Of course Django Unchained (2012) is your average Quentin Tarantino bloodfest, yet for me the main moment of the film suggests it could have been even bloodier. In one of the film’s quiet, reflective seconds slave master Calvin Candie (Leonardo DiCaprio) drawls to Django (Jamie Foxx) something like this: “What I don’t understand is, there’s a whole bunch of you and just a few of us. Now, why don’t you just rise up and wipe us out?”
In fact, slaves did revolt often. In the early 1930′s the number of revolts, highlighted by Nat Turner’s, naturally, was counted at around 30, but less than a decade later more rigorous scholarship, especially Herbert Aptheker’s 1943 American Negro Slave Revolts set the number at well over 300, starting with the South Carolina slave revolt of 1526 and ending just before the Civil War. Aptheker, who counted 250, defined slave revolts as actions involving 10 or more slaves, with “freedom as the apparent aim [and] contemporary references labeling the event as an uprising, plot, insurrection, or the equivalent of these.” Add in actions of less than 10, and consider the well-documented small sabbotages enacted daily, and you have acts of defiance numbering in the millions, obliterating all claims that the Negro slave was docile, content, or incapable of planning sustained efforts at freedom.
In this context we can see what might appear like a kind of docility in a different light. In his great essay “Junior and John Doe,” James Alan McPherson writes:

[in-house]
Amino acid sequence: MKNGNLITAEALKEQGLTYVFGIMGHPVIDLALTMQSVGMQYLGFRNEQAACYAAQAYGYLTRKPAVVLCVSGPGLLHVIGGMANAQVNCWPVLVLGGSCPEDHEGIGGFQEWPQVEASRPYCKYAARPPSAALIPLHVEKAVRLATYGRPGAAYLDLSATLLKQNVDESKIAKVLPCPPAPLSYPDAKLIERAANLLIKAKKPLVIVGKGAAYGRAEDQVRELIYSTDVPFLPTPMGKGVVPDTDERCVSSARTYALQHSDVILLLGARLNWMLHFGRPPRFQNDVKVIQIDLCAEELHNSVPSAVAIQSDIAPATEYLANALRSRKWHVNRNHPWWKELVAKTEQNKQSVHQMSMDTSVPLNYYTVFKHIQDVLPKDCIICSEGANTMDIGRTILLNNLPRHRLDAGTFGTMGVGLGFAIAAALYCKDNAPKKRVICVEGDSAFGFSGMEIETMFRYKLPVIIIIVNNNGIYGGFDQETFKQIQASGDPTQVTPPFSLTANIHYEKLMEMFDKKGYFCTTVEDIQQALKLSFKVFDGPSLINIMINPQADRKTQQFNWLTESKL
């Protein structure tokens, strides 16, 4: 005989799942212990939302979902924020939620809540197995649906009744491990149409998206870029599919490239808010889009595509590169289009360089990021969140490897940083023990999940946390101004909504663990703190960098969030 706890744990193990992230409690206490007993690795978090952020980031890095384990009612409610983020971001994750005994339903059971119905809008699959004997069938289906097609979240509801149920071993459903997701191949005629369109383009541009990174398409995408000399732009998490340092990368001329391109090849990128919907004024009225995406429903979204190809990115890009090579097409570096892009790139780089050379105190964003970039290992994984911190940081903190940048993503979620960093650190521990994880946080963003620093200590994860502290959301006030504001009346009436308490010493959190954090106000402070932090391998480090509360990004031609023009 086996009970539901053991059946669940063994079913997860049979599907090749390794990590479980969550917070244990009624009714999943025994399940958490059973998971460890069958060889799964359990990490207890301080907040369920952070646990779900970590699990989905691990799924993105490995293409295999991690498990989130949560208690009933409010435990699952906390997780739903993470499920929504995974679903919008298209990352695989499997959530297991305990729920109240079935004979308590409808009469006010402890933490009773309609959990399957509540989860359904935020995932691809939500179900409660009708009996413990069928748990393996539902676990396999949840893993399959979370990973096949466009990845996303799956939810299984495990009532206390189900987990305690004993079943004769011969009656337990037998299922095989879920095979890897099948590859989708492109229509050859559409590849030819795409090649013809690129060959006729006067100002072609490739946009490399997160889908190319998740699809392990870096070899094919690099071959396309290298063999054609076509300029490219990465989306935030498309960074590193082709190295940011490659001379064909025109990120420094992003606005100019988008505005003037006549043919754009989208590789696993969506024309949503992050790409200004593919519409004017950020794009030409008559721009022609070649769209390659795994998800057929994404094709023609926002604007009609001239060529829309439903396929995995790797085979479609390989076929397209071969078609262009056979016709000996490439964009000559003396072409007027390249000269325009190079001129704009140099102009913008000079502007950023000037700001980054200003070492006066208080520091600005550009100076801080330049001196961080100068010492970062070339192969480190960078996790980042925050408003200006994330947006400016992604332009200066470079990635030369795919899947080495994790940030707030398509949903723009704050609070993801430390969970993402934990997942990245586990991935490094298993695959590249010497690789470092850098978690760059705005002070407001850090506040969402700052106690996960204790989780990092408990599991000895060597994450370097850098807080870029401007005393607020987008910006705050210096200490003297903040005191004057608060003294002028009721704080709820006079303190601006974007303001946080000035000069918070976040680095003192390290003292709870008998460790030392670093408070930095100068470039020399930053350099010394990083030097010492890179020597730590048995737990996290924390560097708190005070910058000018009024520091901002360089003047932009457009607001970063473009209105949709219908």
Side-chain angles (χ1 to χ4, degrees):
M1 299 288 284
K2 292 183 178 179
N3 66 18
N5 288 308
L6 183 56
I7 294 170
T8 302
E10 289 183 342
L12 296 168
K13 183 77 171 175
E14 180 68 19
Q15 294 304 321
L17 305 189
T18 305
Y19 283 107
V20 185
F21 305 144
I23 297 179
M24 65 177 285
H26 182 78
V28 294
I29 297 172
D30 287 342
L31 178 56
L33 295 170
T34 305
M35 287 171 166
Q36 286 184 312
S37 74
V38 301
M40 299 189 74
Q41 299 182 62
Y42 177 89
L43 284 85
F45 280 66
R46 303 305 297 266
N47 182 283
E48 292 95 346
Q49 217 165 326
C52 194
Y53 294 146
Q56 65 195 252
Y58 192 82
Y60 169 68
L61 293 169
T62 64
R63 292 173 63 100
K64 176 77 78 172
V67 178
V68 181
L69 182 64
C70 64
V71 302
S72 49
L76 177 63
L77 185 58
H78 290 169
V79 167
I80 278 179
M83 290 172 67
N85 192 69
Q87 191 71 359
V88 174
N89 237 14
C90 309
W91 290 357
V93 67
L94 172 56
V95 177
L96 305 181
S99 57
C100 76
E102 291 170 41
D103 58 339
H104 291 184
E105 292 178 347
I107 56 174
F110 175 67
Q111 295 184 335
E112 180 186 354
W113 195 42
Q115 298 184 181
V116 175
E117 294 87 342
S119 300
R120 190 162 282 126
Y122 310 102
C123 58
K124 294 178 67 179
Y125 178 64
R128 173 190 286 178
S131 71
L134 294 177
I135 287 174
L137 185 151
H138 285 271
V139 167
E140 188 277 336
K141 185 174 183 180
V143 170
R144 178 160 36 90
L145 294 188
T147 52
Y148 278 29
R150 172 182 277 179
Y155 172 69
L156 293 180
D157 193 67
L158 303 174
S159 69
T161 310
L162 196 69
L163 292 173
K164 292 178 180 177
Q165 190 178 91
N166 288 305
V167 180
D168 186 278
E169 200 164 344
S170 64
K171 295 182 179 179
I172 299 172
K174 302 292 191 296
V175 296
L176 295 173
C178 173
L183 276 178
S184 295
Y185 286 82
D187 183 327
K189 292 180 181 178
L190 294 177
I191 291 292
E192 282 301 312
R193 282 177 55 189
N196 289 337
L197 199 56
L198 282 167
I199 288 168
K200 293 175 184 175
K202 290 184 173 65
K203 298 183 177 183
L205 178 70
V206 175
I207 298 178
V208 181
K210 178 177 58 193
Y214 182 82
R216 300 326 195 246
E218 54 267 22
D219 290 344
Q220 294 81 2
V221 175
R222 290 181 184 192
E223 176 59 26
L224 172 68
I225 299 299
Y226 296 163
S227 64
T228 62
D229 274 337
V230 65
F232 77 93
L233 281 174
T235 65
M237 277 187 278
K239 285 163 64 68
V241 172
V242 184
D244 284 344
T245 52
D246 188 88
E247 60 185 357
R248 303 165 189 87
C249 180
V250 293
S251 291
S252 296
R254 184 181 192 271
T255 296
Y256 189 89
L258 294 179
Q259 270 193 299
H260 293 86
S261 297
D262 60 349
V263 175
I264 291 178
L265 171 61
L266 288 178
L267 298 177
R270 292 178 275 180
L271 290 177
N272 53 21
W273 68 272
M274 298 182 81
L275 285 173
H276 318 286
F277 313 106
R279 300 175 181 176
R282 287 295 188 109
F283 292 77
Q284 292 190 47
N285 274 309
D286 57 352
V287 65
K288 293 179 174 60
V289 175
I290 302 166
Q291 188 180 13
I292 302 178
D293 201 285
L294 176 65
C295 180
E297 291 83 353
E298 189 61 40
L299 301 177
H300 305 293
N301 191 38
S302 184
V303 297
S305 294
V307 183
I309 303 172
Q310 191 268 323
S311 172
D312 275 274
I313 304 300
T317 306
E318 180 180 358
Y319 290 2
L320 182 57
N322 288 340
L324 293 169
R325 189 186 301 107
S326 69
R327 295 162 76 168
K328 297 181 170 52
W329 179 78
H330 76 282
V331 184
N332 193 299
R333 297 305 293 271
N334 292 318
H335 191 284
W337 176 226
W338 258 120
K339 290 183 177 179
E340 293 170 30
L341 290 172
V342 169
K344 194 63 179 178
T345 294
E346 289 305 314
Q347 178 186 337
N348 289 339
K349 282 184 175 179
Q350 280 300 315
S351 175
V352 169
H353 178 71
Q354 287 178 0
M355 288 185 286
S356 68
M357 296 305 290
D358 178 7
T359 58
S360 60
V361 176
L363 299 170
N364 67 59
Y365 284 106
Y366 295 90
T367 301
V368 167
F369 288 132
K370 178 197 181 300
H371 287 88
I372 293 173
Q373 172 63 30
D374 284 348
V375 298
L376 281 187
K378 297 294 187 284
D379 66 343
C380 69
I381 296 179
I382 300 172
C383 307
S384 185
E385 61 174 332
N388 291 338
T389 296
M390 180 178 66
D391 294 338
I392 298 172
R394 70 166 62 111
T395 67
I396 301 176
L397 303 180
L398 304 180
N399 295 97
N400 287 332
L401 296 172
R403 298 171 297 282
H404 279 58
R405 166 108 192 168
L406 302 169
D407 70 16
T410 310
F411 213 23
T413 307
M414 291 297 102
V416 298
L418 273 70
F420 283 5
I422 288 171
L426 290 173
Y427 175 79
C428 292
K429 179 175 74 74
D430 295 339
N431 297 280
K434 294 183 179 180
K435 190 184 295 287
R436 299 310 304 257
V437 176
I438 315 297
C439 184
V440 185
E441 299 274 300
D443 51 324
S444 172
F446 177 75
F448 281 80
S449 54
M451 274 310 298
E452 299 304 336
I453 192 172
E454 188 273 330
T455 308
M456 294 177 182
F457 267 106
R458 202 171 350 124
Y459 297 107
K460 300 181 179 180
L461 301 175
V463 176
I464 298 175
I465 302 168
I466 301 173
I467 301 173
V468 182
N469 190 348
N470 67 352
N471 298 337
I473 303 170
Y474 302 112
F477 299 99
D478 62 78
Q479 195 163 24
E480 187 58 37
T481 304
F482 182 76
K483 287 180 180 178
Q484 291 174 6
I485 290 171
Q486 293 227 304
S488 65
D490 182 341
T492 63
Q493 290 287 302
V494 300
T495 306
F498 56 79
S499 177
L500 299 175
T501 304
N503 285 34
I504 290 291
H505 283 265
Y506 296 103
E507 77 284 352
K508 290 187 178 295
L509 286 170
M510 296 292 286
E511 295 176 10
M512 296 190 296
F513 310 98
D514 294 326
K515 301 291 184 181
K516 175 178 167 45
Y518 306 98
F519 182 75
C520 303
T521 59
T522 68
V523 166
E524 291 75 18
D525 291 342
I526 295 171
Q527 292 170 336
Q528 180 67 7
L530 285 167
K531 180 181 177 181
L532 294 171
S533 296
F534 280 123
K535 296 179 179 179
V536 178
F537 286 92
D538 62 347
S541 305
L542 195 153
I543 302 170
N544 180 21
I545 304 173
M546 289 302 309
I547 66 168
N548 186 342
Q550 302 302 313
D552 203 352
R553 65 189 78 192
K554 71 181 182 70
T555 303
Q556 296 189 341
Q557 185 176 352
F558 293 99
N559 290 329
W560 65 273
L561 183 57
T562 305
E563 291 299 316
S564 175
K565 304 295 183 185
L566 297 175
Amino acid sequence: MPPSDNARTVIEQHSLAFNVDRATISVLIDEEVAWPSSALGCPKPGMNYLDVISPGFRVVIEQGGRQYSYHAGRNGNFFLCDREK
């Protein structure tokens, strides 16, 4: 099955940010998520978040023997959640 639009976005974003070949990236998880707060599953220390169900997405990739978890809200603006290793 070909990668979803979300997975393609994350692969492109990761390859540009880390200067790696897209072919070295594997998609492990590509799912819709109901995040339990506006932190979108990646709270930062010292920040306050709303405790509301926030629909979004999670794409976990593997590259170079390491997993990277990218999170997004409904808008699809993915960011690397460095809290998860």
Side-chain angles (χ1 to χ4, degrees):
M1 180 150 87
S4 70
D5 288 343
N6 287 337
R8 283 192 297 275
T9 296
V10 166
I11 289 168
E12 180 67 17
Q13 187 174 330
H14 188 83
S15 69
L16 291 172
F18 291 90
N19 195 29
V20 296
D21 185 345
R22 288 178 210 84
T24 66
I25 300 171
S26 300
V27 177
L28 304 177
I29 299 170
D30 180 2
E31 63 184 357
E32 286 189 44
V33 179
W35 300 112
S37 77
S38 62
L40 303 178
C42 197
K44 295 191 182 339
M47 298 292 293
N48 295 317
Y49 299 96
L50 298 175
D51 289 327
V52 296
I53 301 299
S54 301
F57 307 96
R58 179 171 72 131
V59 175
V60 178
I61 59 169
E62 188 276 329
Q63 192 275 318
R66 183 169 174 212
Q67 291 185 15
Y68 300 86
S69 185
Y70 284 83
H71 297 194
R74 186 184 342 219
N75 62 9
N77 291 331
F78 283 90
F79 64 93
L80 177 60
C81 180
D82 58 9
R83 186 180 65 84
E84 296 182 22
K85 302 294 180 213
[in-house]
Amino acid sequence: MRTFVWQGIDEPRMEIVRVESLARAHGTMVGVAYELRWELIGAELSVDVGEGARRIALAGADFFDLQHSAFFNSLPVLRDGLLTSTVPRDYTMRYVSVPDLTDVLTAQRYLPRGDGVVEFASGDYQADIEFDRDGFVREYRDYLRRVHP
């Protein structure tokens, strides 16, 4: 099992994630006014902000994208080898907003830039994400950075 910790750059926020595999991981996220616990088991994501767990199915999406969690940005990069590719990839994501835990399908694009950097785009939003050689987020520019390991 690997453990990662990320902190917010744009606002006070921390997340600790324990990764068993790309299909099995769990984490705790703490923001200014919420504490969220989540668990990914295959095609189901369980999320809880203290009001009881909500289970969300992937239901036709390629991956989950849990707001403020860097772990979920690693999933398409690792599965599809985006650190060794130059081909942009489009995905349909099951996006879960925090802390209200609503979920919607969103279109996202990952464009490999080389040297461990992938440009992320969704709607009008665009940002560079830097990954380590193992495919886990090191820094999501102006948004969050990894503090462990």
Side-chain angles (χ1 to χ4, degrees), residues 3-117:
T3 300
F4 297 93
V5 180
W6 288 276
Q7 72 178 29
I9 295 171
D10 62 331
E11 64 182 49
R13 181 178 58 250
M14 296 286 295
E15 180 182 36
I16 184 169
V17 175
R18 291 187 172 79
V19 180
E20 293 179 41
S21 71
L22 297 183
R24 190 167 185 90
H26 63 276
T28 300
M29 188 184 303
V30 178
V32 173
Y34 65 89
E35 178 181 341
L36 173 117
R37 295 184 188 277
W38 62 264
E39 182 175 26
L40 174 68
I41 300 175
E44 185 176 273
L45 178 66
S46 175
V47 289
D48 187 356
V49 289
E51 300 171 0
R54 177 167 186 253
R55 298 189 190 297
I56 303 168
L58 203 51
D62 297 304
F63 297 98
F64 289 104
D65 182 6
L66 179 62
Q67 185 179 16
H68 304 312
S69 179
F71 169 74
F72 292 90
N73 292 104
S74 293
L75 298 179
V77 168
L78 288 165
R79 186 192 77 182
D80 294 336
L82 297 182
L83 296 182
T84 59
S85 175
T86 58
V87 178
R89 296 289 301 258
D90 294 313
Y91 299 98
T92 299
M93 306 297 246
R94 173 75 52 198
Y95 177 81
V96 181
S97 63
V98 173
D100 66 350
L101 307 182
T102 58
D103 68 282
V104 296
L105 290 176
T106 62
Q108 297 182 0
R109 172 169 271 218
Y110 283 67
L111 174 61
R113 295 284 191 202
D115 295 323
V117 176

“The very first articulation of language in their idiom, as expressed in their songs, had sufficient vitality to look beyond the trends of the moment and identify with an age that was yet to come. The best of them looked back on their own degraded status from the perspective of a future time when their own process-of-self-making was complete. Denied recognizable human souls by the society that enslaved them, they projected their full souls so far in the future that they became content to look back on their enslavers with laughter, and with pity.”
McPherson’s mention of music recalls Ralph Ellison’s assertion that the blues was a tool of survival, and it defines the depths of superiority Baldwin alludes to when, in his essay “Many Thousands Gone,” he writes that even our stereotype creations like Aunt Jemima and Uncle Tom,
“…had a life—their own, perhaps a better life than ours—and they would never tell us what it was….[W]e were driven most privately and painfully to conjecture what depths of contempt, what heights of indifference, what prodigies of resilience, what untamable superiority allowed them so vividly to endure, neither perishing nor rising up in a body to wipe us from the earth….”
In the same seminal essay, which I will comment on more at length in another article, Baldwin goes even deeper into the American psyche. We want, he says, some black man to terrorize us, to take what we feel deep down inside is his rightful revenge. Slave master Calvin Candie’s question about slaves rising up to wipe him out is actually a double fantasy, a two-for-one wish. It both satisfies his desire to be punished for his sins, and confirms that blacks are indeed violent and monstrous. The ultra violence of Django Unchained thus actually gives us comfort. It wipes the slate clean. We oppressed you with monumental injustice, but now you’ve taken your revenge. Now we’re even. But that revenge wasn’t taken through spilling monumental amounts of blood. Oppression was fought instead not only through appropriate militancy and everyday sabbotage, but also through exercising a superior humanity, and displaying superior talents that wove themselves so deeply into the American fabric that they virtually define what being American is in the arts, in spirituality, in the struggle for human rights, and so much more. White guilt only grew, in other words, and continues to make overcoming racism impossible. That guilt—and the white supremacy ethic it feeds—needs to be faced squarely, not entertained away through bloody revenge fantasies.